Camp Hope cooling shelter remains standing as city's deadline for takedown passes

click to enlarge Camp Hope cooling shelter remains standing as city's deadline for takedown passes
Nate Sanford photo
The cooling center at Camp Hope has fans, water misters and space for 150 people.

A cooling shelter erected to protect more than 600 homeless people from a heatwave was up and running on Monday — despite the city's order that the shelter come down by 9 that morning.

The order to remove the shelter came last week, when the city told the Washington State Department of Transportation (WSDOT) that the agency had a "legal responsibility to secure the property from illegal construction activity." In a notice of violation sent on July 28, the Spokane Fire Marshal said the shelter — which is on WSDOT land — had to come down by 9 am Monday or else the agency could face a daily fine of $536.

On Friday, WSDOT said they would not be complying with the city's order.

Their response came in a strongly-worded joint statement with the Washington State Department of Commerce.

"Ultimately, the safety and well-being of people is our paramount concern," the statement said. "In response to the city administration's notice of violation,  the state will not take action during this extreme weather to remove the cooling shelter."

The statement goes on to say that the state has repeatedly asked city administrators to engage and find constructive solutions to ensure basic public safety and health standards are met, and to find safer shelter and long-term housing options for those camped on WSDOT property.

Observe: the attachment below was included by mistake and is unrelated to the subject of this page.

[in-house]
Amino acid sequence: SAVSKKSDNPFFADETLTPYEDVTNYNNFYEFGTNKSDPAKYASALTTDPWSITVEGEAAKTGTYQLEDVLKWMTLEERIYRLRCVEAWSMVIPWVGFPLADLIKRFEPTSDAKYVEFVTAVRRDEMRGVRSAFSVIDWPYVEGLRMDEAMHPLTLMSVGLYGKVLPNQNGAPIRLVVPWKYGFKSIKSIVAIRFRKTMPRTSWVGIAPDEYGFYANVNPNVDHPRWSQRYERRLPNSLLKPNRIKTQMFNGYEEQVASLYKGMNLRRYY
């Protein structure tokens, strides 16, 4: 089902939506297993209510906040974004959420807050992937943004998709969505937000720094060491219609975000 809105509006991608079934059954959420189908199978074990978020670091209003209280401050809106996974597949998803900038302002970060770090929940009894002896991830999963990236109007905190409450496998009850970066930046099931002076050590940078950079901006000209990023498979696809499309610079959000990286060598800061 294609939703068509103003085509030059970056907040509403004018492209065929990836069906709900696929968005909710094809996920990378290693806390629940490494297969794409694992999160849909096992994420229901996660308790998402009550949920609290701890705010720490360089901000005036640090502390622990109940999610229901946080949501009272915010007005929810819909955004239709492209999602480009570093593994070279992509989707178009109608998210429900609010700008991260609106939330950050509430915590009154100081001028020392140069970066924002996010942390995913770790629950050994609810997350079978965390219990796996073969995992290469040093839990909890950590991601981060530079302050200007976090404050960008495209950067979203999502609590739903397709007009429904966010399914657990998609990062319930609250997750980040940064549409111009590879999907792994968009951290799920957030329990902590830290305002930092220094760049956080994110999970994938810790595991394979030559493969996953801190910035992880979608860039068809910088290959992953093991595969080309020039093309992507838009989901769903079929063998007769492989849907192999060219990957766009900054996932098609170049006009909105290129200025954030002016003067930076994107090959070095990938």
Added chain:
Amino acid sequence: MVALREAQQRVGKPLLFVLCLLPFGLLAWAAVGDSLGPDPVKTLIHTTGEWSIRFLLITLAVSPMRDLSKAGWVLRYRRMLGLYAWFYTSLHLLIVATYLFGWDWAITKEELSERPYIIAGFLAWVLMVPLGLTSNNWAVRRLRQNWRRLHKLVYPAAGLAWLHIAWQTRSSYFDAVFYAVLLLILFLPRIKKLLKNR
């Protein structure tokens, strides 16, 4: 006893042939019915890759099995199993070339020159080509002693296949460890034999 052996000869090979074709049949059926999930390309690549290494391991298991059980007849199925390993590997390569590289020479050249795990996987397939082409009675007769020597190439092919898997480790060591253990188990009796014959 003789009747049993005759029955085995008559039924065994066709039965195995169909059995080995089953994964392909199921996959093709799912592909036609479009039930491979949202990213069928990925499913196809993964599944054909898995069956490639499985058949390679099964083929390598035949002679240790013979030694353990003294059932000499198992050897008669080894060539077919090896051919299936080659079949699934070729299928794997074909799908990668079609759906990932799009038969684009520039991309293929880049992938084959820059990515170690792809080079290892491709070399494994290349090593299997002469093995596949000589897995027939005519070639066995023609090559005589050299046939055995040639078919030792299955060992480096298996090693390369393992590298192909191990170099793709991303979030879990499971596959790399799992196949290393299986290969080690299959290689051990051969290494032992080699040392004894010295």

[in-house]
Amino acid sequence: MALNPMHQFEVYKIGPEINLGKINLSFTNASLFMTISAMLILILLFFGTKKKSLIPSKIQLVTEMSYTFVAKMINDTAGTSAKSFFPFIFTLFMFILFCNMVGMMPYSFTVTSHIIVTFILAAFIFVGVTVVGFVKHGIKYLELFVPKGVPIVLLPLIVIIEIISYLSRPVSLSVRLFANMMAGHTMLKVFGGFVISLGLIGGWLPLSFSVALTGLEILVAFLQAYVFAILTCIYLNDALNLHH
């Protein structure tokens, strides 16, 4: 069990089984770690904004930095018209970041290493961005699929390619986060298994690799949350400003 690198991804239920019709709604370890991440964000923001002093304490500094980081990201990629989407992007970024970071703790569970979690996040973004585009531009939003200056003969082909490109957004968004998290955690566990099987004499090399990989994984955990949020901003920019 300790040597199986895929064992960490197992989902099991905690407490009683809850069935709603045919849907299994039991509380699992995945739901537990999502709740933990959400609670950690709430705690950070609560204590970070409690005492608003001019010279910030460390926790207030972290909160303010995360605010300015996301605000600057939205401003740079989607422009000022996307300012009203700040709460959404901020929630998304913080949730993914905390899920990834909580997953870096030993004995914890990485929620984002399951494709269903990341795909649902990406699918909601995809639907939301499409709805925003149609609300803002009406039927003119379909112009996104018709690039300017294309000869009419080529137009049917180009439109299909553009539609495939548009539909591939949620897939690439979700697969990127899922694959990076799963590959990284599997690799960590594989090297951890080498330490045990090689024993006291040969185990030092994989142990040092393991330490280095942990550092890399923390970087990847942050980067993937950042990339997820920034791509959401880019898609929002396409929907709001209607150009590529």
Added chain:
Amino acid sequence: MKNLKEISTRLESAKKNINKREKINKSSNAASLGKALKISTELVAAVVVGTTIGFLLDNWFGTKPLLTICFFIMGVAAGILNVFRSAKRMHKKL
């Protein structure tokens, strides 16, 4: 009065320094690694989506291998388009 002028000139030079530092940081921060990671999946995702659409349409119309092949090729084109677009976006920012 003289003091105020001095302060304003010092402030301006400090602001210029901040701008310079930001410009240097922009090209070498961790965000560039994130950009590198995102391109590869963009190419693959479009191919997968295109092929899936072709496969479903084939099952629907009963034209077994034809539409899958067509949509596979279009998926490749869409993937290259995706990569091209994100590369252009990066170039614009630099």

On Monday afternoon, a spokesperson for WSDOT said that, to their knowledge, the agency had not received any fine from the city.  The Mayor's Office did not respond to a request for comment on Friday and Monday afternoon. In a statement to KHQ, Mayor Nadine Woodward pushed back on the idea that the city hasn't helped the camp.

"We are required to follow the law and that may conflict with the actions of organizations providing assistance, but we are open and willing to find viable, legal solutions that meet the needs of individuals at the encampment," the statement said.

There were about 10 people using the cooling shelter on Monday morning. The excessive heat warning was originally supposed to end on Sunday, but over the weekend the National Weather Service extended it to Monday evening. Temperatures peaked around 105 degrees over the weekend, and are expected to reach a high of 99 degrees on Monday.

A man named Rick, who is homeless and asked that his last name not be included, was using the cooling shelter for the first time on Monday morning. He had heard the news about the order for the tent to come down, and wanted to come check it out for himself. It provides welcome relief from the heat, he says.

"It helps out," Rick says, "I don't know why they would want to take it down."

The cooling shelter was built last Wednesday by volunteers with Jewels Helping Hands, a nonprofit that has been organizing food and other assistance for the camp. Like Camp Hope itself, the tent isn't authorized and is technically illegal. But when the shelter was under construction earlier this week, WSDOT said they wouldn't do anything to stop it because they did not want people to suffer or risk death.

The city has extended the hours of city libraries and directed people to use them as cooling centers, but the closest one to Camp Hope is nearly a mile away. Julie Garcia, executive director of Jewels Helping Hands, has said the library shelters are inadequate because many residents are afraid to leave their tents unattended, and others have pets or mobility issues that prevent them from making the trip.